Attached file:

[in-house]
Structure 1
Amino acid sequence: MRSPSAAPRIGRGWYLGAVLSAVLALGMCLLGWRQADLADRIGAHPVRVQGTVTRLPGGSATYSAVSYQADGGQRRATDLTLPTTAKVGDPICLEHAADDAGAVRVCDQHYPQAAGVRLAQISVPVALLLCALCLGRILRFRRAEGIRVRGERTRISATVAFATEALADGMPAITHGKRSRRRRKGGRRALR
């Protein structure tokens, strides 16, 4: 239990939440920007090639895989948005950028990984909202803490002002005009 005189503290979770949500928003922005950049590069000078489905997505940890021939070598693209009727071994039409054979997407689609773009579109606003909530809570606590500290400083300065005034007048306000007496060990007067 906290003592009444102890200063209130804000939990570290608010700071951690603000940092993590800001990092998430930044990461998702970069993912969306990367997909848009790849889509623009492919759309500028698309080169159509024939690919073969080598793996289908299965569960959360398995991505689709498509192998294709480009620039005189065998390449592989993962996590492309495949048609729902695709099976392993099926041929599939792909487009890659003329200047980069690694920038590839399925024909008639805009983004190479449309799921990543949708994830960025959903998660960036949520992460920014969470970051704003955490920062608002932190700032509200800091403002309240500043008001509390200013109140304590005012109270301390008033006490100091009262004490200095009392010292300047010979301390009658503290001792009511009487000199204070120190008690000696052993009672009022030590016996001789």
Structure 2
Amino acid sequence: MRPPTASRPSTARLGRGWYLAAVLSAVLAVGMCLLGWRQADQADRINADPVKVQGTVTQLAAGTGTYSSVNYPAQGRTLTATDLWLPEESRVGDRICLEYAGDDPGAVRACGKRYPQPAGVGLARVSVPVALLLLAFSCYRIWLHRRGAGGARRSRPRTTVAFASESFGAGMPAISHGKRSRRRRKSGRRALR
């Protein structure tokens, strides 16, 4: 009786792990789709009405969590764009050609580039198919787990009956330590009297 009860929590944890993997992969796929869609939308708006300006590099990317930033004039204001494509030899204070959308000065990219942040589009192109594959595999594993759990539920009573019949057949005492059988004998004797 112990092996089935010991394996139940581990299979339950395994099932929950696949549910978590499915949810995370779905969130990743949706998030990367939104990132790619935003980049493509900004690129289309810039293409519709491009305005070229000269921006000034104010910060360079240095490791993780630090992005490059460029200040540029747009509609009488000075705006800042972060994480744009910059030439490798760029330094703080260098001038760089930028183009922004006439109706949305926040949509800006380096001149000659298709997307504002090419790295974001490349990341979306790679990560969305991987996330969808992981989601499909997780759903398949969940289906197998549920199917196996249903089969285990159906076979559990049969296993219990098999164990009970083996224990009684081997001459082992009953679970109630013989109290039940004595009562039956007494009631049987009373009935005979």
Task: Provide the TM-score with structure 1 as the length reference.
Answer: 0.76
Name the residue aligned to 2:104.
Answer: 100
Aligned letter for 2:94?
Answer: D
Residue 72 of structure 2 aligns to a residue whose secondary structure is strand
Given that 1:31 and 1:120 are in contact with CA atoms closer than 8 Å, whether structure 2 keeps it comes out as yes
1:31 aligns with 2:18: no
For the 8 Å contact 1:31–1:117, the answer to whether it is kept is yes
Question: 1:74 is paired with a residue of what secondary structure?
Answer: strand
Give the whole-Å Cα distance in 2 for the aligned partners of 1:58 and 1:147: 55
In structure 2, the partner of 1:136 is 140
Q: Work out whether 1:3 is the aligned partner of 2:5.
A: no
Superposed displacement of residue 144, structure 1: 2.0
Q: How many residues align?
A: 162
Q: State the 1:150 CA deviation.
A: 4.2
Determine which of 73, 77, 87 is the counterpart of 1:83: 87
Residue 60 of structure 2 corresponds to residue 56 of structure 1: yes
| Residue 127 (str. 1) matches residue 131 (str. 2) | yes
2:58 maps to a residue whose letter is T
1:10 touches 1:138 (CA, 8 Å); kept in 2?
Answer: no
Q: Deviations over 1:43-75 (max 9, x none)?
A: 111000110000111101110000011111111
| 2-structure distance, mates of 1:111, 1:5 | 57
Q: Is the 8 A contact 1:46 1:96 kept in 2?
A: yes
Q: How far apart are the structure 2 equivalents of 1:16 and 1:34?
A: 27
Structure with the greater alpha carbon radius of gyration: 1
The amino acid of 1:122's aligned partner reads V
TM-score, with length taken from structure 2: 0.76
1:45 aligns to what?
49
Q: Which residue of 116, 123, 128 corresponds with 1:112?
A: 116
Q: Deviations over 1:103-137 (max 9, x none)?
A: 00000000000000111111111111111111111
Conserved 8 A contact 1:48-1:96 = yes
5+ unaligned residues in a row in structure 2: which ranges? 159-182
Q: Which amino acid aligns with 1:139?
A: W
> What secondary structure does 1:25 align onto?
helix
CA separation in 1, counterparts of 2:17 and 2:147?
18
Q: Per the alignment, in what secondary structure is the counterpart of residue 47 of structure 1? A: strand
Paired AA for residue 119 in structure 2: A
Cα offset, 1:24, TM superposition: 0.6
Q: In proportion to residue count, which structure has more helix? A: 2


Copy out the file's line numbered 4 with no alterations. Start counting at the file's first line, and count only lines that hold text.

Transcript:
């Protein structure tokens, strides 16, 4: 239990939440920007090639895989948005950028990984909202803490002002005009 005189503290979770949500928003922005950049590069000078489905997505940890021939070598693209009727071994039409054979997407689609773009579109606003909530809570606590500290400083300065005034007048306000007496060990007067 906290003592009444102890200063209130804000939990570290608010700071951690603000940092993590800001990092998430930044990461998702970069993912969306990367997909848009790849889509623009492919759309500028698309080169159509024939690919073969080598793996289908299965569960959360398995991505689709498509192998294709480009620039005189065998390449592989993962996590492309495949048609729902695709099976392993099926041929599939792909487009890659003329200047980069690694920038590839399925024909008639805009983004190479449309799921990543949708994830960025959903998660960036949520992460920014969470970051704003955490920062608002932190700032509200800091403002309240500043008001509390200013109140304590005012109270301390008033006490100091009262004490200095009392010292300047010979301390009658503290001792009511009487000199204070120190008690000696052993009672009022030590016996001789």